Scalable Distributed Planning for Multi-Robot, Multi-Target Tracking

Micah Corah, Nathan Michael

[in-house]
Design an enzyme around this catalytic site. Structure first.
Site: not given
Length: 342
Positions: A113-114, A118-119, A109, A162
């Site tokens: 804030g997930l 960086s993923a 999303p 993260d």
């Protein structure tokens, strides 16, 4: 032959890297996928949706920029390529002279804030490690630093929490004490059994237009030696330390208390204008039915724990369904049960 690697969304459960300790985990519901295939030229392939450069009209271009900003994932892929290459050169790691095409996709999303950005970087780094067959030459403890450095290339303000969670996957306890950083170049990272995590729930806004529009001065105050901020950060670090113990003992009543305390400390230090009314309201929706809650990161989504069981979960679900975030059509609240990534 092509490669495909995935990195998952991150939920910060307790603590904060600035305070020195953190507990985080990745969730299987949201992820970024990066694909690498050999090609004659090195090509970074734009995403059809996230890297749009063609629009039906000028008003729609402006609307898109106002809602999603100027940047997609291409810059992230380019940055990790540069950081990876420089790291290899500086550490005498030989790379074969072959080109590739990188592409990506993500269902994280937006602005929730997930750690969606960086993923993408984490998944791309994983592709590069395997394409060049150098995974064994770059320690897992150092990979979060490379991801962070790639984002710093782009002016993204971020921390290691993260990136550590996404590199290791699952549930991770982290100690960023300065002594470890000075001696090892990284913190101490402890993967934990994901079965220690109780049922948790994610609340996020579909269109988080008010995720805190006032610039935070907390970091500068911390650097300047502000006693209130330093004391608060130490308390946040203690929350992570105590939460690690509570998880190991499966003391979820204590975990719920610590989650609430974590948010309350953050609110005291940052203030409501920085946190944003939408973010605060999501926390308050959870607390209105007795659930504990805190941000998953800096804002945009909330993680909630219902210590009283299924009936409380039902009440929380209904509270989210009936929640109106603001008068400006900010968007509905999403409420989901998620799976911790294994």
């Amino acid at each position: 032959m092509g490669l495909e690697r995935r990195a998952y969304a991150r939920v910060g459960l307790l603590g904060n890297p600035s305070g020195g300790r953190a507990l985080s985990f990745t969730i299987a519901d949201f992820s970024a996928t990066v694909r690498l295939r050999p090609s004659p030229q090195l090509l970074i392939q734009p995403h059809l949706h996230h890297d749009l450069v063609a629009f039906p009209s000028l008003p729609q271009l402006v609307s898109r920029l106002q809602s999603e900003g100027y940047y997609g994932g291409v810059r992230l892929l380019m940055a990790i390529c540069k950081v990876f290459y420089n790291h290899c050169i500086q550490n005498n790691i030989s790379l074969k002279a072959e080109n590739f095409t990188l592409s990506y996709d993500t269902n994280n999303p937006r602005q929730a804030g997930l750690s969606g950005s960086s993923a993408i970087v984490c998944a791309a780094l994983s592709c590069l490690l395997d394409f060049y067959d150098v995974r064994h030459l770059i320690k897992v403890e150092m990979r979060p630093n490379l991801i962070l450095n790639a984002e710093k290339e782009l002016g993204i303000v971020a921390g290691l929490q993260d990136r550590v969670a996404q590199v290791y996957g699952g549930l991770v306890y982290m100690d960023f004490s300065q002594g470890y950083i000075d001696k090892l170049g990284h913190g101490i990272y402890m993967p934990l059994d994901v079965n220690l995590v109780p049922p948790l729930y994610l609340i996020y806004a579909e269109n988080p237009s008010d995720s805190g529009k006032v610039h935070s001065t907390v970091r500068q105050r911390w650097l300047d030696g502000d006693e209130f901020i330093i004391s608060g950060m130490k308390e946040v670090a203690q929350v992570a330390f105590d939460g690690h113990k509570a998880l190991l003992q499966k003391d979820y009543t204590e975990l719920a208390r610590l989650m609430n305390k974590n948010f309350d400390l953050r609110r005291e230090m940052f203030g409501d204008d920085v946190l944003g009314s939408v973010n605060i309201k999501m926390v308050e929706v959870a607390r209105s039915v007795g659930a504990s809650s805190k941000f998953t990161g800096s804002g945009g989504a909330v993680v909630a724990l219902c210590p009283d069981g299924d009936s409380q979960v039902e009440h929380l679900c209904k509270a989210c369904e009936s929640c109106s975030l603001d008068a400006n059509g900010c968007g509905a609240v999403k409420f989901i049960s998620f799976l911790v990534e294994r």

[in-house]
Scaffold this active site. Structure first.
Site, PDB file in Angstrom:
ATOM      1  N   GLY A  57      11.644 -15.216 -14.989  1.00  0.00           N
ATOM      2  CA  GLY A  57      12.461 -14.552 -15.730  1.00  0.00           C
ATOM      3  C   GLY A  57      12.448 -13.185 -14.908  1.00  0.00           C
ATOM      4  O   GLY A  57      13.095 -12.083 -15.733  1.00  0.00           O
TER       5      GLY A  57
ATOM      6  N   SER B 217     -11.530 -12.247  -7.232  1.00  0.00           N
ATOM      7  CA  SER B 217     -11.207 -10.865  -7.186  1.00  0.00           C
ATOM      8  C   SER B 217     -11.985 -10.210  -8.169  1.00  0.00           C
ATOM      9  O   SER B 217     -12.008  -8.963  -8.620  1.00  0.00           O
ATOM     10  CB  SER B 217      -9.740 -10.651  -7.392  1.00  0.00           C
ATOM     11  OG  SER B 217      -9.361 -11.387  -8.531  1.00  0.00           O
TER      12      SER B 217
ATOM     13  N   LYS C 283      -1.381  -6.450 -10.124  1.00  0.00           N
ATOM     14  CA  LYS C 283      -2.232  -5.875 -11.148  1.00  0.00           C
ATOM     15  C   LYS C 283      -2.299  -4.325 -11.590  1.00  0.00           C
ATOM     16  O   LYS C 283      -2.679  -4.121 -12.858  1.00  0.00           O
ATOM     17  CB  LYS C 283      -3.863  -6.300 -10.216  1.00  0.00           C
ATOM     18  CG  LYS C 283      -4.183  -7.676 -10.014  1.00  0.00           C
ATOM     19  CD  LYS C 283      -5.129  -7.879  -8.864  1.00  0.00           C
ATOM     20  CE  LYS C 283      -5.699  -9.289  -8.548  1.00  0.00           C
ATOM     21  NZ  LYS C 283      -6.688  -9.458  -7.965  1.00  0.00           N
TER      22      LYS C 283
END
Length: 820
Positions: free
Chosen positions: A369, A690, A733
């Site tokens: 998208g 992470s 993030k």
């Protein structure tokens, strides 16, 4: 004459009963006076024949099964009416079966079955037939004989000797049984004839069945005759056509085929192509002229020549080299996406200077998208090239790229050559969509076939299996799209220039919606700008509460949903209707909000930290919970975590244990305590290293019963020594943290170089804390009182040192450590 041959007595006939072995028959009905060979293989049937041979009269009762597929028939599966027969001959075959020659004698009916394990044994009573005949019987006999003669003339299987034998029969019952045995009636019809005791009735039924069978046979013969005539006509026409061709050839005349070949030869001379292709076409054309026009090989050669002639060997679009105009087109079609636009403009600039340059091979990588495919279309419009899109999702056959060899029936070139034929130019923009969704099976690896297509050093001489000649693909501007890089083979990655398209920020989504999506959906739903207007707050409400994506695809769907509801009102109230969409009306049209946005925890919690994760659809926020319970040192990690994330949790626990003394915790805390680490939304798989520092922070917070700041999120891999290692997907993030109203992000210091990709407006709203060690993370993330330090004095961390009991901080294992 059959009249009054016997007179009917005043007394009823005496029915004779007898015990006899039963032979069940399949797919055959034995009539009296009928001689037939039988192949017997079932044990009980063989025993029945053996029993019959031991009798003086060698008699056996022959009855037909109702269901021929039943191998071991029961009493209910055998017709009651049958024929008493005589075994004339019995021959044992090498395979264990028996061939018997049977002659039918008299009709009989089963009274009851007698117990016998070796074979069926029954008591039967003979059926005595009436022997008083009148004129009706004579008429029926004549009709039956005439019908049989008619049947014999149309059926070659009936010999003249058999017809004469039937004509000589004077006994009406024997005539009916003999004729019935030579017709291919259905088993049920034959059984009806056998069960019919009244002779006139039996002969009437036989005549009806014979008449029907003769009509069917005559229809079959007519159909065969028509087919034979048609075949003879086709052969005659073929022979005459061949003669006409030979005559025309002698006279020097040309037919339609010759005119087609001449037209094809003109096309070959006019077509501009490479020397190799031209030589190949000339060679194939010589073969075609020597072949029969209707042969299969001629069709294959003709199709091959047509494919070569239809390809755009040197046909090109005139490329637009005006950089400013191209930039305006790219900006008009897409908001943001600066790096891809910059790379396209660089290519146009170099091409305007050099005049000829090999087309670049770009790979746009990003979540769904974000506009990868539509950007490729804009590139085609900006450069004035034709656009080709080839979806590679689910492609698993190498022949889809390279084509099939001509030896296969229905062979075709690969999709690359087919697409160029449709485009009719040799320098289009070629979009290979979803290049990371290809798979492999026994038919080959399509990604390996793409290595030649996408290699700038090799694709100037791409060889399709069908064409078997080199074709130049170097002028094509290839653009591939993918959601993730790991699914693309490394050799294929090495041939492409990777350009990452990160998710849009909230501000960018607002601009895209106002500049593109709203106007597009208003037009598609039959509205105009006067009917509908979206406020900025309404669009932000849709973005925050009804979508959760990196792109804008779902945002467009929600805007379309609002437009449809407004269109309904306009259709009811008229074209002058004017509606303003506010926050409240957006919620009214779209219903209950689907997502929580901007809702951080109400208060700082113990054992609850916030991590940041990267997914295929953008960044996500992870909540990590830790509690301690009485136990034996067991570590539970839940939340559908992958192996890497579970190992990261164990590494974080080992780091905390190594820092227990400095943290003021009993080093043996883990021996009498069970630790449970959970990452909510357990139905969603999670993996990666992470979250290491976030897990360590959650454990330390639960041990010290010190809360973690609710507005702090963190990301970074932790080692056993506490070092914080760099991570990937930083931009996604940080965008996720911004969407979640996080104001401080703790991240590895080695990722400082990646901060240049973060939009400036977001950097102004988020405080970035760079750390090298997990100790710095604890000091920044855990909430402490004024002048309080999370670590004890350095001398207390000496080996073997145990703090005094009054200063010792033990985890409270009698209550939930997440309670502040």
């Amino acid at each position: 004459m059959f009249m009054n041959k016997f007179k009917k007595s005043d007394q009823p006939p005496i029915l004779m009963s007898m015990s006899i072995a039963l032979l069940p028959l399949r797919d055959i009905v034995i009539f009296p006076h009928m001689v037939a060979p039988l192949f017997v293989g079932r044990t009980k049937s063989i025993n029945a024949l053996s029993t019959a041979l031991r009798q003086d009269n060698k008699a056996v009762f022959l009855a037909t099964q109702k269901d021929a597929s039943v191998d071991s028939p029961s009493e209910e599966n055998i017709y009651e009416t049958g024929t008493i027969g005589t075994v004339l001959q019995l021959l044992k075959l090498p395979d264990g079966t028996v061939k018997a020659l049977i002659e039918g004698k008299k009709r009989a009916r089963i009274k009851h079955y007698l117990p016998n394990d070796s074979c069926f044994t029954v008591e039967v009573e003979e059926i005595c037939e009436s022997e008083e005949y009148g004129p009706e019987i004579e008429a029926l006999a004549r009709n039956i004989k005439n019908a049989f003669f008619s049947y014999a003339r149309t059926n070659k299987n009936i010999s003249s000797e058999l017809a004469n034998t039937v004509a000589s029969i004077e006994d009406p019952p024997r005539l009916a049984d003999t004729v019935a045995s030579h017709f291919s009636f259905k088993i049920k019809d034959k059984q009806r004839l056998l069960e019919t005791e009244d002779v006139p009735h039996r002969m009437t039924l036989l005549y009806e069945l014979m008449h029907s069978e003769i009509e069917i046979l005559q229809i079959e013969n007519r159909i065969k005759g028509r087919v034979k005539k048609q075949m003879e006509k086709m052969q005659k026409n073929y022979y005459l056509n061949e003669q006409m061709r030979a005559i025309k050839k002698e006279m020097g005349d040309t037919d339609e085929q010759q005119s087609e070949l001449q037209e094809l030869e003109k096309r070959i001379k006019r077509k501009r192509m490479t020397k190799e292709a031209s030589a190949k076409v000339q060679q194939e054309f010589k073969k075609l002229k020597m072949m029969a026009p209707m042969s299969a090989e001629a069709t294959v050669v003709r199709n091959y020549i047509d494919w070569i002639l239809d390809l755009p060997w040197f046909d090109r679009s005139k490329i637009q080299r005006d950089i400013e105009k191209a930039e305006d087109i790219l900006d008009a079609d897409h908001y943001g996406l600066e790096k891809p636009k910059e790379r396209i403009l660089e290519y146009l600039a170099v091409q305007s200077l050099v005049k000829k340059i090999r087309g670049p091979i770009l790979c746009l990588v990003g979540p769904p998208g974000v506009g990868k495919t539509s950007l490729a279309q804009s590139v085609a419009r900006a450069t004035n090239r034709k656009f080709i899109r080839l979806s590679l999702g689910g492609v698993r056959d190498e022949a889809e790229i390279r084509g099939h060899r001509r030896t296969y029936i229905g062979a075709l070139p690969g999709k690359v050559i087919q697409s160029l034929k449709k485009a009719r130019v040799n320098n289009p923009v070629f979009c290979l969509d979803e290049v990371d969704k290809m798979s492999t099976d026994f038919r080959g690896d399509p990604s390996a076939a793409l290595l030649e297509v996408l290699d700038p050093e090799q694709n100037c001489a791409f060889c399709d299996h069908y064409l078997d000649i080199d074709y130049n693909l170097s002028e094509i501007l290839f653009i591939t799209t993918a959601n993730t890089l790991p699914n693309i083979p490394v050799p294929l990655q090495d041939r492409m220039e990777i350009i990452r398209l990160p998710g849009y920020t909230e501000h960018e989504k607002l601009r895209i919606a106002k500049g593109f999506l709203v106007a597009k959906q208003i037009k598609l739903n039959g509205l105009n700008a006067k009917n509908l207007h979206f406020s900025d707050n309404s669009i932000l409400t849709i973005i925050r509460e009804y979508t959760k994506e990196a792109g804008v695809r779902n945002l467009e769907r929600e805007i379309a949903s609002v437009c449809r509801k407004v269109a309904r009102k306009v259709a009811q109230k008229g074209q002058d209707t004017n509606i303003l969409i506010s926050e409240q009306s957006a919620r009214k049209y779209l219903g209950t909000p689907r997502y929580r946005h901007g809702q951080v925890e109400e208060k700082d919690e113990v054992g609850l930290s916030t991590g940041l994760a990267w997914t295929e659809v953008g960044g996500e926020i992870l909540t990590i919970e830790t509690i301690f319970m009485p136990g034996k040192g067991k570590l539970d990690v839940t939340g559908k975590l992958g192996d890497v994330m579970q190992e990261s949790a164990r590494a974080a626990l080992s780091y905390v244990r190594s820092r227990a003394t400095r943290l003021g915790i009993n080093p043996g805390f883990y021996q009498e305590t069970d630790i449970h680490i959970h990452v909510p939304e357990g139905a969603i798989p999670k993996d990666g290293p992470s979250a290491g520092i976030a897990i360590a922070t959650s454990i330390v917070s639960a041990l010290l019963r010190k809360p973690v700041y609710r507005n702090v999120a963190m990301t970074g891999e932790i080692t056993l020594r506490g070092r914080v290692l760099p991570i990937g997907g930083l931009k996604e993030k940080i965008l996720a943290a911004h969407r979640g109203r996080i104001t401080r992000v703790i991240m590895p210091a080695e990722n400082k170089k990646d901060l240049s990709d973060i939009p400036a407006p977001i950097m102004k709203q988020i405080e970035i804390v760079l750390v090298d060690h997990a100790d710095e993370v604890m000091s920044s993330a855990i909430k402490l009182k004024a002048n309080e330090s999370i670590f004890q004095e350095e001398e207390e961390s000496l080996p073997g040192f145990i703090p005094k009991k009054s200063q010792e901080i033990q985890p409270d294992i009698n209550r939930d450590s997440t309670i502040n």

In multi-robot multi-target tracking, robots coordinate to monitor groups of targets moving about an environment. We approach planning for such scenarios by formulating a receding-horizon, multi-robot sensing problem with a mutual information objective. Such problems are NP-Hard in general. Yet, our objective is submodular which enables certain greedy planners to guarantee constant-factor suboptimality. However, these greedy planners require robots to plan their actions in sequence, one robot at a time, so planning time is at least proportional to the number of robots. Solving these problems becomes intractable for large teams, even for distributed implementations. Our prior work proposed a distributed planner (RSP) which reduces this number of sequential steps to a constant, even for large numbers of robots, by allowing robots to plan in parallel while ignoring some of each others' decisions. Although that analysis is not applicable to target tracking, we prove a similar guarantee, that RSP planning approaches performance guarantees for fully sequential planners, by employing a novel bound which takes advantage of the independence of target motions to quantify effective redundancy between robots' observations and actions. Further, we present analysis that explicitly accounts for features of practical implementations including approximations to the objective and anytime planning. Simulation results -- available via open source release -- for target tracking with ranging sensors demonstrate that our planners consistently approach the performance of sequential planning (in terms of position uncertainty) given only 2--8 planning steps and for as many as 96 robots with a 24x reduction in the number of sequential steps in planning. Thus, this work makes planning for multi-robot target tracking tractable at much larger scales than before, for practical planners and general tracking problems.

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